Von Helmont brought out the manuscript to make chloramphenicol that Rubens had given him. “For example, take the ring nitration phase of this process. Not only do I need very pure sulfuric and nitric acid, which are themselves quite difficult to obtain, but I must also find some way to keep the temperature as close to zero degrees Celsius as possible at all times.” Von Helmont shook his head. “Where will the instruments come from? True, Santorio Santorio developed an air thermometer in 1612, but it was notoriously unreliable. I have a precision mercury thermometer on order from the Essen Instrument Company thanks to my son, but they have a six month backlog in all of their orders, and their priority customers in Essen have first call on any emergency equipment. If you truly want to make chloramphenicol any time in the next few years, you will have to get the cooperation of either Essen or Grantville, both in terms of ingredients and instrumentation.”
Rubens sighed. Essen. In any reasonably normal European political environment, the Republic of Essen would have been still-born or quickly repressed by the Hapsburgs. But with the League of Ostend focusing their military and diplomatic efforts on the United Provinces and the Swedish-and Grantville-supported United States of Europe, little outside backing could be given to Catholics along the Rhine alarmed at the founding of the new protestant republic.
And it showed. The latest word from Essen was that the army assembled by the Catholic Rhine Alliance had been destroyed by military forces a third their size at the battle of Wanheim Creek. Still, Louis de Geer was a famous Dutch industrialist known for his pragmatism. It was also reported that he had selected the well-known Arminian, Hugo Grotius, to be the Chief Justice of the Republic of Essen’s Supreme Court.
“So Alessandro, what do you think? Perhaps it is time we paid a visit to Essen? At the very least we can perhaps establish some useful diplomatic contacts.”
Scaglia nodded and smiled. “And other contacts as well. I am interested in meeting more of these Acontians.” *** “God, I am so nervous.”
Nicki Jo Prickett twirled when her friend, lover and confidante, Catherine Boyle, motioned for her to turn around.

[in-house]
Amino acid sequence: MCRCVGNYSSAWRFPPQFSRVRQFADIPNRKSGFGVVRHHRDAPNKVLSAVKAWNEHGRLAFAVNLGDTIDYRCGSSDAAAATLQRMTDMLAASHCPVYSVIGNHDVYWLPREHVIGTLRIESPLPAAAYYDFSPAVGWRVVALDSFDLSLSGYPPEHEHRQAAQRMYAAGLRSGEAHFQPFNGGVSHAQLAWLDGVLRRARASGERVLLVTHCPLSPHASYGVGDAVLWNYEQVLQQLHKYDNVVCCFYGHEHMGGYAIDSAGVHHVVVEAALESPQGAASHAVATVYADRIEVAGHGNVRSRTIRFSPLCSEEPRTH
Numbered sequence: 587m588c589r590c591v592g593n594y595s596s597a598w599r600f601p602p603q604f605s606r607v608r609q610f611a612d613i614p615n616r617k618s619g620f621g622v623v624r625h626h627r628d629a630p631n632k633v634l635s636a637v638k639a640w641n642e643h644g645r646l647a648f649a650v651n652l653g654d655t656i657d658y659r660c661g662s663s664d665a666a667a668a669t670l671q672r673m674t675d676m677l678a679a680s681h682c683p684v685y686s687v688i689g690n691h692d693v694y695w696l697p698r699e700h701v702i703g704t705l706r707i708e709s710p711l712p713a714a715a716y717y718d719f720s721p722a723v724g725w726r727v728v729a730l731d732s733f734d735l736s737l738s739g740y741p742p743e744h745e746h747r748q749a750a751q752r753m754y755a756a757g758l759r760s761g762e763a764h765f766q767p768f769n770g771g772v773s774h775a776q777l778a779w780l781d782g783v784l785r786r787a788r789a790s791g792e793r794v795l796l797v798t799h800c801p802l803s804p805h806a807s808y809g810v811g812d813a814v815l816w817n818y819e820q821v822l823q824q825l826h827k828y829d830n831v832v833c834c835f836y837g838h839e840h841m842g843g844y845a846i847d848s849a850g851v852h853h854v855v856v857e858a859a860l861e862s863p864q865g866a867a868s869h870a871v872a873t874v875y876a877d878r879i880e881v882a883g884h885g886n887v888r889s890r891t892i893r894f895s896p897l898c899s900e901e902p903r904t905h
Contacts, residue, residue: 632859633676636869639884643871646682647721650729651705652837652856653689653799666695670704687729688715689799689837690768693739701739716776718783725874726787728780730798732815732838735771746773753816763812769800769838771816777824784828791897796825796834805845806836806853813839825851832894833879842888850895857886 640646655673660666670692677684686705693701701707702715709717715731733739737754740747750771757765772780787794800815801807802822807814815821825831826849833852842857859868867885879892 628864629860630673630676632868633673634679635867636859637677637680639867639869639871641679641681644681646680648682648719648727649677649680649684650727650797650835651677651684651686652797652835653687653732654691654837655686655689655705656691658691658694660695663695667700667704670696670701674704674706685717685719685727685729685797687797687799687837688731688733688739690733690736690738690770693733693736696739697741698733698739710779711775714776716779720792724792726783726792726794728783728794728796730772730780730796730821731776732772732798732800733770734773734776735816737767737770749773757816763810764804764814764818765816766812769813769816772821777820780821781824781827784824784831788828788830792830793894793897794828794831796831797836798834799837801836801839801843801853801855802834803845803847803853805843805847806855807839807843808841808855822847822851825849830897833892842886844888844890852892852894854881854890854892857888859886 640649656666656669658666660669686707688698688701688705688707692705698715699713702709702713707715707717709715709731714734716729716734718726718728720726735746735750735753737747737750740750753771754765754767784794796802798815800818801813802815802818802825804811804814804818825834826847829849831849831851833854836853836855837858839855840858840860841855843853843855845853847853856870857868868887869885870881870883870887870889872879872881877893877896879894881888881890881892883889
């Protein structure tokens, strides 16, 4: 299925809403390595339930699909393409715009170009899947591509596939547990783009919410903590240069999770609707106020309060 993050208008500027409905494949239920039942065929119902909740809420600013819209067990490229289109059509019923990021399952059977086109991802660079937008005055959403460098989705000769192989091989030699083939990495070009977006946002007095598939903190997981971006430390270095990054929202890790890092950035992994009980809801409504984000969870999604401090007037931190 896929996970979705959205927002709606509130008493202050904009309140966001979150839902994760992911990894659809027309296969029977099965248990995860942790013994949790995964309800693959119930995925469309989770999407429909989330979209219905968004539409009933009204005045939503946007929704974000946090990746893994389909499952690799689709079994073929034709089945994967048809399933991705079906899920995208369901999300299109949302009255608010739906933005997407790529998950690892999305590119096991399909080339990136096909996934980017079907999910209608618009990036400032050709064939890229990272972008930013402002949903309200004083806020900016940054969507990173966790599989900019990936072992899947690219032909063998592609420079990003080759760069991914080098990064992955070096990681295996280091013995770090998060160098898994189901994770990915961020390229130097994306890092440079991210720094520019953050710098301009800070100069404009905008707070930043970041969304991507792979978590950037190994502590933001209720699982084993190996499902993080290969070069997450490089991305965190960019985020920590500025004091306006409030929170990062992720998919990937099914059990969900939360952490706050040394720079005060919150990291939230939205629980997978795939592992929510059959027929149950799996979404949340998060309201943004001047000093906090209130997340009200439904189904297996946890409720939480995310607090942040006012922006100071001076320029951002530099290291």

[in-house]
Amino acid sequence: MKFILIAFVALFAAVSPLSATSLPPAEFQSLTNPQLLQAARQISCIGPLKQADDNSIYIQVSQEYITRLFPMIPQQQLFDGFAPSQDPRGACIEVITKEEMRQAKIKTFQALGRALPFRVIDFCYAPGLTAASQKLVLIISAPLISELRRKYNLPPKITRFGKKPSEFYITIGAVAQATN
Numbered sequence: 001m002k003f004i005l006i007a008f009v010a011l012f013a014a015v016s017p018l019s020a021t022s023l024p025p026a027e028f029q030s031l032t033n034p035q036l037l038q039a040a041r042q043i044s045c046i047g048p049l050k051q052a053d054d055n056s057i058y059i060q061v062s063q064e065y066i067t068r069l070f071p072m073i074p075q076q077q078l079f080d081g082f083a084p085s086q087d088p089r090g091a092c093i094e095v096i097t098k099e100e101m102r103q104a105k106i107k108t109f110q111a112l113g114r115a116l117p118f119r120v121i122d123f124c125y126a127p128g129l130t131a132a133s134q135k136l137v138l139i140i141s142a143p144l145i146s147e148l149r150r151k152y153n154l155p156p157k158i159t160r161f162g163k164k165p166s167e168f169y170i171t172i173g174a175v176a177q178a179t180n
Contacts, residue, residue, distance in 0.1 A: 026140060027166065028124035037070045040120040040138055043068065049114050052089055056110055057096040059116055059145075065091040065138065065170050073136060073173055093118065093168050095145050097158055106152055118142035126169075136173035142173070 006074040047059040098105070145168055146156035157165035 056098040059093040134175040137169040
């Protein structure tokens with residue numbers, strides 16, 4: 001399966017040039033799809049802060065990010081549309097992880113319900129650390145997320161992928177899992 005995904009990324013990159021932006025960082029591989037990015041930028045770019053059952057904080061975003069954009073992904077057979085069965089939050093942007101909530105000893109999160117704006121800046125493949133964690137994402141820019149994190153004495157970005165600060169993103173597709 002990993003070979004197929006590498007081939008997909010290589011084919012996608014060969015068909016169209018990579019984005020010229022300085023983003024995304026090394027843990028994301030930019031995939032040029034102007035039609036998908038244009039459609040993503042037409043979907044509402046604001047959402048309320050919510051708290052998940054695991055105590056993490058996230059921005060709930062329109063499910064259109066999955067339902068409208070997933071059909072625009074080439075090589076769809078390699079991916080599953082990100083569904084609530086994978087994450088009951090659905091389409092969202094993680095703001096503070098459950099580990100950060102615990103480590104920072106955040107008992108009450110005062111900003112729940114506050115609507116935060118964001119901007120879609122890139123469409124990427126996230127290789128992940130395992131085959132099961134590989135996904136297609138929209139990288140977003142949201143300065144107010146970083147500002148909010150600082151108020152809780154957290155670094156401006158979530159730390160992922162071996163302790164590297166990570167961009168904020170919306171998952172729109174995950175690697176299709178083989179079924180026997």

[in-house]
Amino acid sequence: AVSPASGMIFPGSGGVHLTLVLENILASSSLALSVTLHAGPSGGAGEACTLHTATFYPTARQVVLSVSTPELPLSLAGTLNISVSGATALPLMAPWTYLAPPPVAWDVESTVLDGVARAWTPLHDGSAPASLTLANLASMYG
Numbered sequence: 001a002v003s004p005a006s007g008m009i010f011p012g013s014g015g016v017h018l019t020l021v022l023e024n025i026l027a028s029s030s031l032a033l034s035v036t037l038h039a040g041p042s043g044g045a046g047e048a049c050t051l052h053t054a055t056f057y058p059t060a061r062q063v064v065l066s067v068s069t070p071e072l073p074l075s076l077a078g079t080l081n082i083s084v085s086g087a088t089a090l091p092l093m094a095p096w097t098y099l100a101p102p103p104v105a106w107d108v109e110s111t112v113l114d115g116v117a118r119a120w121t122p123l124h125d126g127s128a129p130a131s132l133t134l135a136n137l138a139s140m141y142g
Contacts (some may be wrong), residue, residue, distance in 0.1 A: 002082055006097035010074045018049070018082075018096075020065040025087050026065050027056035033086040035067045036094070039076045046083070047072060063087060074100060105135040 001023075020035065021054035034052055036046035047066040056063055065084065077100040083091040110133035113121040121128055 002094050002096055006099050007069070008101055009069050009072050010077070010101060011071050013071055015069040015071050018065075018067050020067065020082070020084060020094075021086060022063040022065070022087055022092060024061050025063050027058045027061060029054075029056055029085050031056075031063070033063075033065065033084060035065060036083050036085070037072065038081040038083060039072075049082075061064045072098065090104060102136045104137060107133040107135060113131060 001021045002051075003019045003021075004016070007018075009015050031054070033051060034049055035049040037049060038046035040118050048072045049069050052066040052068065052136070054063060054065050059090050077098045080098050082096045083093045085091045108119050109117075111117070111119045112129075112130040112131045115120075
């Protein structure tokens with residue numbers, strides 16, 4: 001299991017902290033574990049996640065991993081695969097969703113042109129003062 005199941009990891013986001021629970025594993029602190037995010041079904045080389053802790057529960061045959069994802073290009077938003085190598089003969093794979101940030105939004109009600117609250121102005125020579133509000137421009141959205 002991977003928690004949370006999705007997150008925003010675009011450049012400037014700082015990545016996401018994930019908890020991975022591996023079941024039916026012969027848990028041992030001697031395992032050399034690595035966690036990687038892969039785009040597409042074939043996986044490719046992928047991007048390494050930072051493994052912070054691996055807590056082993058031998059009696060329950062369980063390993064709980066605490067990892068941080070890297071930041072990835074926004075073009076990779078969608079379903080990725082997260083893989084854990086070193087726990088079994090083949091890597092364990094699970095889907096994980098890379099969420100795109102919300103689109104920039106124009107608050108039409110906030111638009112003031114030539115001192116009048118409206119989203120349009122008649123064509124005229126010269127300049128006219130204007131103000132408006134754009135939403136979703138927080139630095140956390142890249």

Catherine eyed Nicki critically and then readjusted the silver barrette that kept Nicki’s bun of black hair in place.
“Why?” said Catherine. “You’ve been to business and diplomatic meetings like this before. What’s the expression? Piece of cake.”
Nicki Jo shook her head. “Piece of cake? I don’t think so. Colette and Josh are both in Grantville. All the other times I’ve been able to sit back and let Colette do most of the explaining and negotiation handling. I was just along to provide the technical expertise and show myself off as the resident, token American. It’s like I’m some kind of damn talisman. They want to keep touching me to see if I’m real.”
Well I can understand that,” Catherine said softly, moving her hand down to stroke Nicki Jo’s neck, “I kind of like touching you myself.”
Nicki Jo laughed and shivered. “Now stop that you minx! I’ve got no time for hanky panky!”
Catherine laughed herself and stepped back. Nicki Jo was a year or two older than Catherine but she had been totally out of her element in the aristocratic society of 17th century Europe. As the daughter of the Great Earl of Corke, Richard Boyle, on the other hand, Catherine had been learning the ins, outs and intrigues of European nobility almost from birth. When Nicki Jo had been recruited in Grantville by Colette and Josh Modi to help develop and run the Essen Chemical Company, they had hired Catherine Boyle to assist her, along with other members of the Acontian Society who had arrived from England in mid-1632.